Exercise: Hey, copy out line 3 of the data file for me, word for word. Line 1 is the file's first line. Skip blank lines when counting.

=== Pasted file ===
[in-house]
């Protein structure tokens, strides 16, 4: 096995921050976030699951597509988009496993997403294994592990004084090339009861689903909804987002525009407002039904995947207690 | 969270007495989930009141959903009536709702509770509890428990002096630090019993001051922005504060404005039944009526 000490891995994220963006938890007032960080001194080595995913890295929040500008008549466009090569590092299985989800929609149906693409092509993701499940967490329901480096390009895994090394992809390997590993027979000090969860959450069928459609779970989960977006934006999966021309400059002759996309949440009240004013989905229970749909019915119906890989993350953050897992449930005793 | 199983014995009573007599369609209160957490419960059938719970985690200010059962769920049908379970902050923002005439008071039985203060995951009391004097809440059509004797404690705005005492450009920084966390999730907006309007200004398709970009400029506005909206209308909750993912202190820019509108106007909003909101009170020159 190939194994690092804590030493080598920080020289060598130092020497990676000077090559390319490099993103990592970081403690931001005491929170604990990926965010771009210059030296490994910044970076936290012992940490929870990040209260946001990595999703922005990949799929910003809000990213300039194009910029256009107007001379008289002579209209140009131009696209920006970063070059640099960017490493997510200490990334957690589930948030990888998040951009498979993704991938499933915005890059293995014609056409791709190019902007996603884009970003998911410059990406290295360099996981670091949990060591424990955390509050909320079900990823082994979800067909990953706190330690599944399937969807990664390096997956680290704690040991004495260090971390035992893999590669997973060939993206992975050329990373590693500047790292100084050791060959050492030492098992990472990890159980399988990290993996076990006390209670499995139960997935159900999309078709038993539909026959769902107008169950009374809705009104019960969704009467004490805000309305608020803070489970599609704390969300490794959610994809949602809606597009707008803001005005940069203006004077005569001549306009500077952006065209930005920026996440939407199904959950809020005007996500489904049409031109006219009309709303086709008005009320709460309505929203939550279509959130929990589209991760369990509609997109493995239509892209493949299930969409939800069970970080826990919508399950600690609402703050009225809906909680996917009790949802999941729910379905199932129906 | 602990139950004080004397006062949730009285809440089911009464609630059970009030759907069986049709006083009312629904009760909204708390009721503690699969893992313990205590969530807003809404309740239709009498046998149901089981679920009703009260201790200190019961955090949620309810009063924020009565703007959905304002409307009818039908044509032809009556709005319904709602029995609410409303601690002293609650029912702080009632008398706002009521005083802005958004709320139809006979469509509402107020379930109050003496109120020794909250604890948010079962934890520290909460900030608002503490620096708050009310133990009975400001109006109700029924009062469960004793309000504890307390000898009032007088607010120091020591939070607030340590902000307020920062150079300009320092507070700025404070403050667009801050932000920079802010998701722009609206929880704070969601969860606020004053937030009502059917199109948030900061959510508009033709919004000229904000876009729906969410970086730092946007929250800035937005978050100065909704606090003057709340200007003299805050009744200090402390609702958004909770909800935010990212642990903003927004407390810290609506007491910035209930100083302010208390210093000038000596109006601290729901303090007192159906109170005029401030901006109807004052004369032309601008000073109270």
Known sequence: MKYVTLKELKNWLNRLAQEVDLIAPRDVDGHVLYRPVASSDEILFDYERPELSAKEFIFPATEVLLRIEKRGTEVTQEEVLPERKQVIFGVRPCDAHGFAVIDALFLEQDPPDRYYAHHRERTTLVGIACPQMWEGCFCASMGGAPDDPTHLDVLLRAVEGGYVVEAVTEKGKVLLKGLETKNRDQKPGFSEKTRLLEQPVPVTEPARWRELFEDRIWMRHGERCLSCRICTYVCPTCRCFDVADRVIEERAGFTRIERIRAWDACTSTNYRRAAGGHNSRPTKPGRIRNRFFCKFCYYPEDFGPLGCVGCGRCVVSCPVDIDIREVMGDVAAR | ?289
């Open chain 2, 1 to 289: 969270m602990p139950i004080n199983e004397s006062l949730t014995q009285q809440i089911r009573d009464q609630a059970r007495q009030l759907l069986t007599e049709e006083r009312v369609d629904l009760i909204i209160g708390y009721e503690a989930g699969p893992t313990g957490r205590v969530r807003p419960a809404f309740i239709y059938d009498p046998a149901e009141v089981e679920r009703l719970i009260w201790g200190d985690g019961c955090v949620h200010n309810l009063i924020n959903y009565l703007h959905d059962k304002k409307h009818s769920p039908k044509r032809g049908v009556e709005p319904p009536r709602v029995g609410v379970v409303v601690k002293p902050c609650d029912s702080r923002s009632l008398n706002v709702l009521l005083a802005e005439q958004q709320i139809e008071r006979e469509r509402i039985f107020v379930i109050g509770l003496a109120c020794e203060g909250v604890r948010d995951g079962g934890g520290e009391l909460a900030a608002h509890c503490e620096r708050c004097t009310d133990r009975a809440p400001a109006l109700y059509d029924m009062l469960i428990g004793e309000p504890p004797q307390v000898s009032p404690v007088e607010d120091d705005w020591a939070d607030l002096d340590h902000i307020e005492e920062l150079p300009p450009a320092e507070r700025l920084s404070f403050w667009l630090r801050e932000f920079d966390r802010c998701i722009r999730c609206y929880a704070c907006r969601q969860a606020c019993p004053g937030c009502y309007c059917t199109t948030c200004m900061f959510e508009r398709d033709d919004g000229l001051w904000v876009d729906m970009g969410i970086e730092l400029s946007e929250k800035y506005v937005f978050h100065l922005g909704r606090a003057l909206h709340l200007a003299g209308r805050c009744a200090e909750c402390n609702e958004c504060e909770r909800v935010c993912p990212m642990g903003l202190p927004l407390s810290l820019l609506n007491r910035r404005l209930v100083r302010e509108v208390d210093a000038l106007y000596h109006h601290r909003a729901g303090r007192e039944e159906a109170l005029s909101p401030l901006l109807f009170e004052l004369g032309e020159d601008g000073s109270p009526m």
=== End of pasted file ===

Known sequence: MKYVTLKELKNWLNRLAQEVDLIAPRDVDGHVLYRPVASSDEILFDYERPELSAKEFIFPATEVLLRIEKRGTEVTQEEVLPERKQVIFGVRPCDAHGFAVIDALFLEQDPPDRYYAHHRERTTLVGIACPQMWEGCFCASMGGAPDDPTHLDVLLRAVEGGYVVEAVTEKGKVLLKGLETKNRDQKPGFSEKTRLLEQPVPVTEPARWRELFEDRIWMRHGERCLSCRICTYVCPTCRCFDVADRVIEERAGFTRIERIRAWDACTSTNYRRAAGGHNSRPTKPGRIRNRFFCKFCYYPEDFGPLGCVGCGRCVVSCPVDIDIREVMGDVAAR | ?289